The term “traffic violence” is commonly used to describe the outbreak of death and serious injuries that have plagued the roadways since the invention of the car. When a vehicle hits something, or something, it’s referred to as an “accident,” but since the death toll is exceptionally high for people not driving cars, the word “accident” has been slowly but surely removed from the vocabulary. Many have adopted the term “traffic violence” when describing vehicle-related collisions, notably when a pedestrian or cyclist is injured or killed. If you google “what is traffic injury,” the top hits will include locally focused articles from newspapers showcasing community events.
Auto accident rates have escalated over the years as L.A. County’s population and motor vehicle traffic have increased. Although gun-related fatalities are a severe issue in California and the rest of the U.S., car accidents cause as many deaths as firearms yearly. Each year, government agencies and other organizations collect data and release reports on their findings, so it’s crucial for drivers and pedestrians or cyclists to understand the risks they face. Indeed, the language is evolving, but collisions have deep roots and broad reach. Violent systems don’t arise by accident and undoubtedly don’t persist by accident.
Los Angeles Witnessed Over 300 Traffic Fatalities In 2022, Highest in Two Decades
In 2022, approximately 300 people died in motor vehicle traffic crashes, the highest annual death toll in two decades, meaning that Los Angeles’ streets remain exceptionally deadly for pedestrians and cyclists. Michael Schneider, founder of Streets For All, argues that the city council refuses to allocate adequate funding, place emphasis on the financing for projects, or staff properly to execute projects. Most incidents recorded are around occupants of vehicles, belted occupants being at non-incapacitating and capacitating risk injury, but unbelted occupants weren’t at increased risk. In non-fatal crashes, drivers and passengers recorded the most traffic-related injuries.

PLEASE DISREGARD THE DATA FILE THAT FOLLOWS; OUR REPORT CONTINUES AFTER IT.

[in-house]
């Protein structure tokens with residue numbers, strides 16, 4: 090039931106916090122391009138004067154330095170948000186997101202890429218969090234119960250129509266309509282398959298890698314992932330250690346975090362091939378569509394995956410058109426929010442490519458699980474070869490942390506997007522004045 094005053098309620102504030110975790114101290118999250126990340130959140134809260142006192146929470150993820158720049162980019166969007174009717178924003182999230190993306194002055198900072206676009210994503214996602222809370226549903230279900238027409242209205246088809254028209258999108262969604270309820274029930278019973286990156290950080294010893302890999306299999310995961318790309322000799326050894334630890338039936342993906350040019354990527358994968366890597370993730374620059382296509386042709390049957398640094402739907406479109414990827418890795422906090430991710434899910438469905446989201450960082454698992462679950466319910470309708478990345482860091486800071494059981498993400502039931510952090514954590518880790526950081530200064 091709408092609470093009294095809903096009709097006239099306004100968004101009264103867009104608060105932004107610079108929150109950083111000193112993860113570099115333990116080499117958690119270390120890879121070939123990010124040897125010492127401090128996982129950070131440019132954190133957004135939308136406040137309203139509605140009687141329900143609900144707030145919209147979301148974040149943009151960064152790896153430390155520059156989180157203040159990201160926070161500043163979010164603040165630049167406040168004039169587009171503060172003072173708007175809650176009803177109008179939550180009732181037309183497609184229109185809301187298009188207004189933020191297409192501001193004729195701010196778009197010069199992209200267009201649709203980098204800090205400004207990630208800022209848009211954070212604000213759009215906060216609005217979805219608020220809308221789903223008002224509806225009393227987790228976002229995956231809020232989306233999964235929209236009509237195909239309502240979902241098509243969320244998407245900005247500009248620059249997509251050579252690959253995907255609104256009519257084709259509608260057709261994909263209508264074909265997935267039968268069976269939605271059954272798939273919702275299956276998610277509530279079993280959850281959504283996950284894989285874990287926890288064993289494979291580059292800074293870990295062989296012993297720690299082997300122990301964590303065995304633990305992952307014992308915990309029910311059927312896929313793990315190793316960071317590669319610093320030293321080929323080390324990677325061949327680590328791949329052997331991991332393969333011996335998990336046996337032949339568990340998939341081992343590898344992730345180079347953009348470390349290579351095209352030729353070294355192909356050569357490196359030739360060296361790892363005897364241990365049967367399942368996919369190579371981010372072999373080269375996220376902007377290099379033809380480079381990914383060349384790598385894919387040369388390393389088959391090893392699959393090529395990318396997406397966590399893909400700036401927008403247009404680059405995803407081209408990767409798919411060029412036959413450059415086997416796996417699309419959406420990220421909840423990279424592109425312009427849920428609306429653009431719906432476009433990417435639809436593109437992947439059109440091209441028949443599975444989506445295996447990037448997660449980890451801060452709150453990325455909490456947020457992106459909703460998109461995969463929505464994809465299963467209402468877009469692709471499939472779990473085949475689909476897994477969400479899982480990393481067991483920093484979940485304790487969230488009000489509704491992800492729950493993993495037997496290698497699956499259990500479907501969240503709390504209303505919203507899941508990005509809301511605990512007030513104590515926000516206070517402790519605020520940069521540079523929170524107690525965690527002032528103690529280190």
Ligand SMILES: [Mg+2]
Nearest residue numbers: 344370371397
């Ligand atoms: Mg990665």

Traffic violence requires concerted efforts for effective and sustainable prevention. Almost all of us have witnessed a car crash on our daily commutes or while running errands, yet very few of us understand what is to come after we pass by the collision. We don’t even think about the police officer or the first responder who delivers the bad news to the people waiting on the scene or what remains at the crash site after we continue our journey. Road traffic injuries and fatalities lead to social consequences such as loss of productivity, the costs to the legal system, not to mention the pain and suffering of the victims.
The Leading Causes of Car Accidents in Los Angeles Are
Motor vehicle accidents occur all the time, and they can happen anywhere, but some cities in the U.S. are more prone to accidents than others. Los Angeles is largely regarded as one of the most dangerous cities in America due to the number of car crash injuries and fatalities. If you were to ask anyone from a Los Angeles car accident lawyer to an ordinary citizen, they would tell you that the following factors play a major role in traffic collisions: